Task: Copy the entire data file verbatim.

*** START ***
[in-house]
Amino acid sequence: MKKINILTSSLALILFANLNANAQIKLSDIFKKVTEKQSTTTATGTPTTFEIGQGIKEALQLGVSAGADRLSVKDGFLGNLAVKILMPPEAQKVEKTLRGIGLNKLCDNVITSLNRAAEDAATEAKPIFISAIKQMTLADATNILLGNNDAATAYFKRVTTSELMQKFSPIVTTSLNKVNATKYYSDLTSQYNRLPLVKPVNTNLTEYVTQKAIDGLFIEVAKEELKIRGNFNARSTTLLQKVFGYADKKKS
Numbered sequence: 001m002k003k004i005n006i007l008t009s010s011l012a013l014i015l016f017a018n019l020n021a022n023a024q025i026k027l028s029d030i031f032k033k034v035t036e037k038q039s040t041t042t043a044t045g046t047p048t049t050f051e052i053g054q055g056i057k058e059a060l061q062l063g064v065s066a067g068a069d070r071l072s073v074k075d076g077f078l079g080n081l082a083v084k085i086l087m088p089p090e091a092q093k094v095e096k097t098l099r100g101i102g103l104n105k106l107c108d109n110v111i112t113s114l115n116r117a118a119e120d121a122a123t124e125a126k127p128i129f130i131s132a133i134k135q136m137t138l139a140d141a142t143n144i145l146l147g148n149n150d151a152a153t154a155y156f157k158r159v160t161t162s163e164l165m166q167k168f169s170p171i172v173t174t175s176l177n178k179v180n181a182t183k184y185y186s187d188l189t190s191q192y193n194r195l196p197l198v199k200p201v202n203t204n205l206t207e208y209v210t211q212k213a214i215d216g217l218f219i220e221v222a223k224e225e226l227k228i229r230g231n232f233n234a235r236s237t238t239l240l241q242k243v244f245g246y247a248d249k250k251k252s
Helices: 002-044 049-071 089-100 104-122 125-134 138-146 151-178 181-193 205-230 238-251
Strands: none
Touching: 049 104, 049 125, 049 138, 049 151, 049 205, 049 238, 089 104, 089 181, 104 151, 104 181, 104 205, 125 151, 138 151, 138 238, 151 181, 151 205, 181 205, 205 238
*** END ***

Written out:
[in-house]
Amino acid sequence: MKKINILTSSLALILFANLNANAQIKLSDIFKKVTEKQSTTTATGTPTTFEIGQGIKEALQLGVSAGADRLSVKDGFLGNLAVKILMPPEAQKVEKTLRGIGLNKLCDNVITSLNRAAEDAATEAKPIFISAIKQMTLADATNILLGNNDAATAYFKRVTTSELMQKFSPIVTTSLNKVNATKYYSDLTSQYNRLPLVKPVNTNLTEYVTQKAIDGLFIEVAKEELKIRGNFNARSTTLLQKVFGYADKKKS
Numbered sequence: 001m002k003k004i005n006i007l008t009s010s011l012a013l014i015l016f017a018n019l020n021a022n023a024q025i026k027l028s029d030i031f032k033k034v035t036e037k038q039s040t041t042t043a044t045g046t047p048t049t050f051e052i053g054q055g056i057k058e059a060l061q062l063g064v065s066a067g068a069d070r071l072s073v074k075d076g077f078l079g080n081l082a083v084k085i086l087m088p089p090e091a092q093k094v095e096k097t098l099r100g101i102g103l104n105k106l107c108d109n110v111i112t113s114l115n116r117a118a119e120d121a122a123t124e125a126k127p128i129f130i131s132a133i134k135q136m137t138l139a140d141a142t143n144i145l146l147g148n149n150d151a152a153t154a155y156f157k158r159v160t161t162s163e164l165m166q167k168f169s170p171i172v173t174t175s176l177n178k179v180n181a182t183k184y185y186s187d188l189t190s191q192y193n194r195l196p197l198v199k200p201v202n203t204n205l206t207e208y209v210t211q212k213a214i215d216g217l218f219i220e221v222a223k224e225e226l227k228i229r230g231n232f233n234a235r236s237t238t239l240l241q242k243v244f245g246y247a248d249k250k251k252s
Helices: 002-044 049-071 089-100 104-122 125-134 138-146 151-178 181-193 205-230 238-251
Strands: none
Touching: 049 104, 049 125, 049 138, 049 151, 049 205, 049 238, 089 104, 089 181, 104 151, 104 181, 104 205, 125 151, 138 151, 138 238, 151 181, 151 205, 181 205, 205 238